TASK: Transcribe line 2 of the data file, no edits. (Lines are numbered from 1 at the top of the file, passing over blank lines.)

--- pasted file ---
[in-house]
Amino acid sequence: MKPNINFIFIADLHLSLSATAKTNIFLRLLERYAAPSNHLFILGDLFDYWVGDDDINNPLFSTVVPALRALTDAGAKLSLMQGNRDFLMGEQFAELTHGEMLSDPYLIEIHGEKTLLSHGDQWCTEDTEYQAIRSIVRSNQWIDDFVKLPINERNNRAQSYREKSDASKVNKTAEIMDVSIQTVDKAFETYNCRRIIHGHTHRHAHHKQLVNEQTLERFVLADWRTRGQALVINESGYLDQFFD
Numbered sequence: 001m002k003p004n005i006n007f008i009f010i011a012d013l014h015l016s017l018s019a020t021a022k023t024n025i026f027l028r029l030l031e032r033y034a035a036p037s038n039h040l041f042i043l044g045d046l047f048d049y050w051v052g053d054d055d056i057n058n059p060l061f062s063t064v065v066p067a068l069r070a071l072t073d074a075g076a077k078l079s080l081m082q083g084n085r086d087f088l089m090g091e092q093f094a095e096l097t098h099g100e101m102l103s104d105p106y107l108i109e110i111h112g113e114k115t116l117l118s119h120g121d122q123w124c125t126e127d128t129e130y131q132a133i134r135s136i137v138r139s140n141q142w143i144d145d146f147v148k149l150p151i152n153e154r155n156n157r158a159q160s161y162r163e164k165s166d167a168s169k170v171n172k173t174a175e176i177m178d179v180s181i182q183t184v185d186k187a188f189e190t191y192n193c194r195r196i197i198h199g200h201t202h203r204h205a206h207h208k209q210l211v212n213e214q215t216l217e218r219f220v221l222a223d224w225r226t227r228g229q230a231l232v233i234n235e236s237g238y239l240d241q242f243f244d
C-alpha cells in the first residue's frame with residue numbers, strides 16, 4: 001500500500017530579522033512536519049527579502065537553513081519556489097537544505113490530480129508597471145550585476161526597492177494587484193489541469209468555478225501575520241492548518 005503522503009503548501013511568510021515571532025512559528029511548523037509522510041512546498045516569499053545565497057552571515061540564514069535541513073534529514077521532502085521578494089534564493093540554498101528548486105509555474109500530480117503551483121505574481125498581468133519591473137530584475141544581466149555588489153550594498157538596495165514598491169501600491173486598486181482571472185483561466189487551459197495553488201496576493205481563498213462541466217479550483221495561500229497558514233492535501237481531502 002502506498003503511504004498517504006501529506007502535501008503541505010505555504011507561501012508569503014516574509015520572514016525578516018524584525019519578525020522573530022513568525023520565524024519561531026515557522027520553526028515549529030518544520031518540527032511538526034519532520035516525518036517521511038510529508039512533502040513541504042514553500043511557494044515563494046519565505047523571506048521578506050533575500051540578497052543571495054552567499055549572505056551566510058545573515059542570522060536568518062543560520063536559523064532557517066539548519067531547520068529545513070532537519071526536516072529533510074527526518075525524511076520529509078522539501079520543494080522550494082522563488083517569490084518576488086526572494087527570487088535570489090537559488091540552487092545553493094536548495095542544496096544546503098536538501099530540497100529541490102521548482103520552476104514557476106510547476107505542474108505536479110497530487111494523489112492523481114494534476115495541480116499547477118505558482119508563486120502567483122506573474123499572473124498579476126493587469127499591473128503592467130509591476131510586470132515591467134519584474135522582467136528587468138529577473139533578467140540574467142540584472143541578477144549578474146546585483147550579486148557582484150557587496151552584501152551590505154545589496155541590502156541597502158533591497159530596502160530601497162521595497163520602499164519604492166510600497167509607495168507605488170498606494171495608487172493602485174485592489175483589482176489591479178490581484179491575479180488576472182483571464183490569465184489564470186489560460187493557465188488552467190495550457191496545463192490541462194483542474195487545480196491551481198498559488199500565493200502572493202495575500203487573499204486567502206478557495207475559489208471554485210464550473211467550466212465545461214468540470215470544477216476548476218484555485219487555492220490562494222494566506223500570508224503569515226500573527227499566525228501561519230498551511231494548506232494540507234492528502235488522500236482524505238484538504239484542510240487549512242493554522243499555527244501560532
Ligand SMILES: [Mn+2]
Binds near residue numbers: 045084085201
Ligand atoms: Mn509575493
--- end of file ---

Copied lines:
Amino acid sequence: MKPNINFIFIADLHLSLSATAKTNIFLRLLERYAAPSNHLFILGDLFDYWVGDDDINNPLFSTVVPALRALTDAGAKLSLMQGNRDFLMGEQFAELTHGEMLSDPYLIEIHGEKTLLSHGDQWCTEDTEYQAIRSIVRSNQWIDDFVKLPINERNNRAQSYREKSDASKVNKTAEIMDVSIQTVDKAFETYNCRRIIHGHTHRHAHHKQLVNEQTLERFVLADWRTRGQALVINESGYLDQFFD